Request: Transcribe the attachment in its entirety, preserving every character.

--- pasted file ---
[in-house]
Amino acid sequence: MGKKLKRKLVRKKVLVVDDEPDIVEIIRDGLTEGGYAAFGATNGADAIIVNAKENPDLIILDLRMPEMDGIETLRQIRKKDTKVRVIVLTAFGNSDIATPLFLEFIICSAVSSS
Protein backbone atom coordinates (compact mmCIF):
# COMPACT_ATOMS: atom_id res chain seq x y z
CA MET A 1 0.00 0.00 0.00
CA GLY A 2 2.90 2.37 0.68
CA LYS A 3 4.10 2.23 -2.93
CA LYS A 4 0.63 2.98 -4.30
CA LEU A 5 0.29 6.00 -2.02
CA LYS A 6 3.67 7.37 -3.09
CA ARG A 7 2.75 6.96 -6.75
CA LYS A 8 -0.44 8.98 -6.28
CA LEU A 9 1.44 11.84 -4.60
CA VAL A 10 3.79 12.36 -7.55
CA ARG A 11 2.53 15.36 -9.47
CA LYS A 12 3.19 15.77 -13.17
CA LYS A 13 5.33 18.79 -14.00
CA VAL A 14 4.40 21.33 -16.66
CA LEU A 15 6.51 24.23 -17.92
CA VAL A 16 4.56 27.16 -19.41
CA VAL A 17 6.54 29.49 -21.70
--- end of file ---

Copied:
[in-house]
Amino acid sequence: MGKKLKRKLVRKKVLVVDDEPDIVEIIRDGLTEGGYAAFGATNGADAIIVNAKENPDLIILDLRMPEMDGIETLRQIRKKDTKVRVIVLTAFGNSDIATPLFLEFIICSAVSSS
Protein backbone atom coordinates (compact mmCIF):
# COMPACT_ATOMS: atom_id res chain seq x y z
CA MET A 1 0.00 0.00 0.00
CA GLY A 2 2.90 2.37 0.68
CA LYS A 3 4.10 2.23 -2.93
CA LYS A 4 0.63 2.98 -4.30
CA LEU A 5 0.29 6.00 -2.02
CA LYS A 6 3.67 7.37 -3.09
CA ARG A 7 2.75 6.96 -6.75
CA LYS A 8 -0.44 8.98 -6.28
CA LEU A 9 1.44 11.84 -4.60
CA VAL A 10 3.79 12.36 -7.55
CA ARG A 11 2.53 15.36 -9.47
CA LYS A 12 3.19 15.77 -13.17
CA LYS A 13 5.33 18.79 -14.00
CA VAL A 14 4.40 21.33 -16.66
CA LEU A 15 6.51 24.23 -17.92
CA VAL A 16 4.56 27.16 -19.41
CA VAL A 17 6.54 29.49 -21.70